I first thought of hiding it in a powerful sauce with 217 masking ingredients. but felt that was cheating, So, I then decided to go in the opposite direction and keep it as simple as possible without just slurping it from the can - which clearly wouldn't work.

So this is what ensued for lunch today.

 

tuna capers rice.jpg

 

I cooked some rice, drained the tuna well. Flaked and piled the fish on top of the rice with some capers. Seasoned mightily with sashimi togarishi and sea salt. The ingredients other than the rice were all rather cold so I nuked the plated dish long enough to heat them through then sat down to lunch.

 

To be honest, to my shock, it wasn't at all bad. Not up there with Doc Marten Casserole to be sure, but perfectly edible. I don't think Heston is going to be calling me up for the recipe, just yet. Probably needs a few tweaks first.

The big question is "would I make it again?" Probably. I've pencilled in May 27th, 2035. If we haven't already eaten all the world's tuna, by then.

 

 


 


Edited by liuzhou (log)
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Well, since we ARE discussing tuna and I have a tunafish salad sandwich probably once a week for lunch, I should also say that I utterly detest hot canned tuna.  Like tuna casserole.  I had never tasted it until I was an adult and in the early, poor years of our marriage I tried making it.  Mr. Kim said that it tasted like every one he'd ever eaten.  I was appalled that anyone could stomach it.  Years ago, Mr. Kim's mom served us a lunch of curried tuna casserole (her invention).  The suspiciously reddish color of the tuna reminded me of nothing more than 9 Lives.  She is very frugal and frequents the kinds of stores that sell de-labled canned goods for almost nothing and to this day, I believe that we ate cat food casserole.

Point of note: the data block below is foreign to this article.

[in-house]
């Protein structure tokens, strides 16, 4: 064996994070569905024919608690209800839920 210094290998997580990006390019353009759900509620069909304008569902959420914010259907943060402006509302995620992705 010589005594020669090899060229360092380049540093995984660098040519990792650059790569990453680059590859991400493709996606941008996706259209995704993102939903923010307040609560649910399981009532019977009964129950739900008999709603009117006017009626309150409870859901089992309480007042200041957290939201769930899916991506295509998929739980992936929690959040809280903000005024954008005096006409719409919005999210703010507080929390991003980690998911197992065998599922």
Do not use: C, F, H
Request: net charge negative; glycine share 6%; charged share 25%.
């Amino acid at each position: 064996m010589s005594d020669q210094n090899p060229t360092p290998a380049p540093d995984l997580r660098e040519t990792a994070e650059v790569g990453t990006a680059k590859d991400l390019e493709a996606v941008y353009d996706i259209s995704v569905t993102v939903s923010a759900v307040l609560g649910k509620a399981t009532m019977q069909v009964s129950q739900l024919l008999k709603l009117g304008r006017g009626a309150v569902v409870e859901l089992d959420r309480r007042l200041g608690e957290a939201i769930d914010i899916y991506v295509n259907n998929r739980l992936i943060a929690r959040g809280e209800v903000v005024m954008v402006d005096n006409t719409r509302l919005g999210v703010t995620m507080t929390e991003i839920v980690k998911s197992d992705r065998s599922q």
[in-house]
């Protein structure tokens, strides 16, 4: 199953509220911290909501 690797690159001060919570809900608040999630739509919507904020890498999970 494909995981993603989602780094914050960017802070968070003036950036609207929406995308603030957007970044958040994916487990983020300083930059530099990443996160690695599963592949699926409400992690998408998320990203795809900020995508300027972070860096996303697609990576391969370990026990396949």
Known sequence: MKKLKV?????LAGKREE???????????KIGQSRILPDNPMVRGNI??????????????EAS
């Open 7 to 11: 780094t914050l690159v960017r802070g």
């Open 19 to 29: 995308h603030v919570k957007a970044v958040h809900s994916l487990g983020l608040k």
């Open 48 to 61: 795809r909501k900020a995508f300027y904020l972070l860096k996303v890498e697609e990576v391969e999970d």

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26 minutes ago, Kim Shook said:

I utterly detest hot canned tuna.

 

Mine wasn't exactly hot. I just nuked it enough to take off the extreme chill in my kitchen at this time of year. Iced tuna was never going to work.

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Any warmed up previously cooked fish gives me the heeby jeebies.

 

 

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Speaking of tuna casserole, that reminds me of the Kraft Mac and Cheese with Tuna and Peas I used to make for my siblings when I was a teenager. We all loved it then, but I'm pretty sure it should just be kept as a fond memory from long, long ago.

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Dirty water kimchi dog with onions and ball park mustard.

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Edited by HungryChris (log)